A "strong emotional and intellectual attachment" to brumbies in the Alpine National Park was not enough for Philip Maguire to convince the Supreme Court to stop a plan to cull the wild horses.
The judges released the written reasons behind their decision on Thursday, after dismissing Mr Maguire's appeal on Friday against the original decision.
Caring about the horses was not enough - in order to have "standing" to legally challenge Parks Victoria's plans to cull the brumbies, he needed to prove he had a special interest in the issue.
Maguire argued that as the owner of land adjoining the national park, the culling would impact his ability to run a business related to the horses.
But the Supreme Court judges pointed out he had not held a licence to run such a business since 2008 "and there is no basis to conclude that he would obtain such a licence in the future".
IN OTHER NEWS:
"It appears that he enjoys the brumbies coming on to his land, and also seeing them in the adjoining national park. In our opinion, the claimed enjoyment or amenity is insufficient to establish standing," the judges said.
"We cannot accept that the applicant has a special interest in maintaining the number of horses within the national park beyond, at most, an emotional attachment or affinity with the horses which graze there.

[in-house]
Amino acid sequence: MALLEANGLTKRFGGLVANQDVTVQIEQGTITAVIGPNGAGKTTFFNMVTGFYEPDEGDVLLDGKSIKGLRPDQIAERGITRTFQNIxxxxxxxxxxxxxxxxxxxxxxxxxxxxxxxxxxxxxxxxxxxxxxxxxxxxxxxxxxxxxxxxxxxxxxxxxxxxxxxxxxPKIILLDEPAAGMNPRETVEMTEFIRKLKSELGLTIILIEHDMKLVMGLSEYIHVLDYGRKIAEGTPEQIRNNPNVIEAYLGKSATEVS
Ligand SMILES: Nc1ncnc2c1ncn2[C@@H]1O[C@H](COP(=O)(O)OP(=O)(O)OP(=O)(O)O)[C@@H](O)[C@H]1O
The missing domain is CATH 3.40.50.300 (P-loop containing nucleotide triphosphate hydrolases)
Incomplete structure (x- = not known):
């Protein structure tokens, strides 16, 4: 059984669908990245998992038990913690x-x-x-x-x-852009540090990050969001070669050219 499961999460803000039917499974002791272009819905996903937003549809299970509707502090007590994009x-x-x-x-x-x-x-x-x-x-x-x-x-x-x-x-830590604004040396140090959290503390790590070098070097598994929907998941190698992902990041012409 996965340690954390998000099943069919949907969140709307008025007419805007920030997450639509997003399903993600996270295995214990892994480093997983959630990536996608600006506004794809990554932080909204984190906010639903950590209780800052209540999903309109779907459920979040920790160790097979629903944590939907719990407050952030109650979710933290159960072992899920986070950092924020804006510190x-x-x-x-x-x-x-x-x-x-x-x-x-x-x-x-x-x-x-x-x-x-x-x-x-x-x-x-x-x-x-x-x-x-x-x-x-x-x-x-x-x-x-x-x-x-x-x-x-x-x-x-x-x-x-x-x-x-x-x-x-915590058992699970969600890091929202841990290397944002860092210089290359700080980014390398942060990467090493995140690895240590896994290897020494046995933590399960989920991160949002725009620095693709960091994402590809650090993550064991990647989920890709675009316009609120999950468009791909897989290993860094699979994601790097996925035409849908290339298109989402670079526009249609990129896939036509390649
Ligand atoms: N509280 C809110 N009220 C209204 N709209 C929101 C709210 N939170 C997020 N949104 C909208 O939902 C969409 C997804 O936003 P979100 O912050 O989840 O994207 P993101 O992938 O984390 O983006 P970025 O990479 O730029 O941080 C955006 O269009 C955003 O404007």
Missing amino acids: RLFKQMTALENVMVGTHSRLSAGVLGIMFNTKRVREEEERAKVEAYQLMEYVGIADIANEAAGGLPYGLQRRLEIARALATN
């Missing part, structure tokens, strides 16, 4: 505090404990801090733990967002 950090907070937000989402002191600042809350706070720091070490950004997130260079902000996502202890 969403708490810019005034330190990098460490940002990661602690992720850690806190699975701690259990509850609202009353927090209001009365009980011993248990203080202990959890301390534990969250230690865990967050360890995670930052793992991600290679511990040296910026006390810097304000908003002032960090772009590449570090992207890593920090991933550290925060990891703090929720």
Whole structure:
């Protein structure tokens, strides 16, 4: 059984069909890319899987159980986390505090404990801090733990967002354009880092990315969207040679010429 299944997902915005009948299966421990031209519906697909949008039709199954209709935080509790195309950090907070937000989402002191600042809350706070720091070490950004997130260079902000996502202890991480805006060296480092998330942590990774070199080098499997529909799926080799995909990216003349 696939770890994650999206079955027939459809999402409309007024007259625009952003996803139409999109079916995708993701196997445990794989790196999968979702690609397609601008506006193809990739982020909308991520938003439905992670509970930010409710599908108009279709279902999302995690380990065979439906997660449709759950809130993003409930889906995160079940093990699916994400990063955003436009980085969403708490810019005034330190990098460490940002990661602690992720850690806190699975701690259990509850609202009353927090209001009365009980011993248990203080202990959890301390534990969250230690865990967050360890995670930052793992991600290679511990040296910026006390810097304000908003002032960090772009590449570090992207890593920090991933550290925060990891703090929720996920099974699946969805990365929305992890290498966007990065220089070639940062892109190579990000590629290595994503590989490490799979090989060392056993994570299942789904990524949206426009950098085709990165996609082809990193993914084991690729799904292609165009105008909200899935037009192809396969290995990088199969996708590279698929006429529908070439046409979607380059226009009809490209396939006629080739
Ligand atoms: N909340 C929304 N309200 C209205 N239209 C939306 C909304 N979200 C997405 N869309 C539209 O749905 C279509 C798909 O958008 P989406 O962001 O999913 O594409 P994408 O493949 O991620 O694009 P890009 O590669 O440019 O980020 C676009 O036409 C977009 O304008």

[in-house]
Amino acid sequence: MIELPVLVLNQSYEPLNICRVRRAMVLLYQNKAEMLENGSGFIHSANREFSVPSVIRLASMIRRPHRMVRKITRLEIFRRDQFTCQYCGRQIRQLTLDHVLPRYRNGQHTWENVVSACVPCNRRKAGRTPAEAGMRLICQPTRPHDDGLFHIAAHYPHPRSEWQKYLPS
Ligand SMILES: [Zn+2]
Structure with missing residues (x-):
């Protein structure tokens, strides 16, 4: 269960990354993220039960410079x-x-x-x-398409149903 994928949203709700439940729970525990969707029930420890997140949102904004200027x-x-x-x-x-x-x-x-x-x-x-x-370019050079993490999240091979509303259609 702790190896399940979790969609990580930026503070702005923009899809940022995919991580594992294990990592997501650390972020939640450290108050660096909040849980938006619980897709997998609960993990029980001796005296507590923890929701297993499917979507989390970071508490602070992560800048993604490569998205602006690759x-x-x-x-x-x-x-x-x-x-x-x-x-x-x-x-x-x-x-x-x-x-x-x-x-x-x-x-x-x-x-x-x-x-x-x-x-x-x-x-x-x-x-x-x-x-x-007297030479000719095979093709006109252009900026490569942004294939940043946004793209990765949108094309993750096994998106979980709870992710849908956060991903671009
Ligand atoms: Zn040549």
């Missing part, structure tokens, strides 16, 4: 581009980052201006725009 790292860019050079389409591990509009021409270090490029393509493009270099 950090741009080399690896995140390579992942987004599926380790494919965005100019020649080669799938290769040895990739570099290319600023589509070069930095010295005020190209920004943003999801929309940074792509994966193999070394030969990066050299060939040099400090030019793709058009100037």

"In this context, it is notable that the special interest is not based on a concern about the treatment of the animals but an interest in their retention in sufficient numbers to support his enjoyment of them."
Parks Victoria successfully argued the brumbies were a threat to the fragile ecosystems within the Alpine National Park.
Its "feral horse strategic action plan" published in 2017 stated that trapping the horses was the organsation's first-choice method, then only after further public consultation, would shooting the animals be considered.
A plan to cull the horses was announced in May 2020 without further consultation.
Mr Maguire's argument that Parks Victoria was legally obligated to consult before deciding to introduce shooting, but the judges said the action plan was not made under a specific statutory power.
In a post on the Rural Resistance page on Thursday, Mr Maguire said the Supreme Court decision was "contradictory and full of errors of fact".
He wants to take his legal fight to the High Court, if he can raise the funds.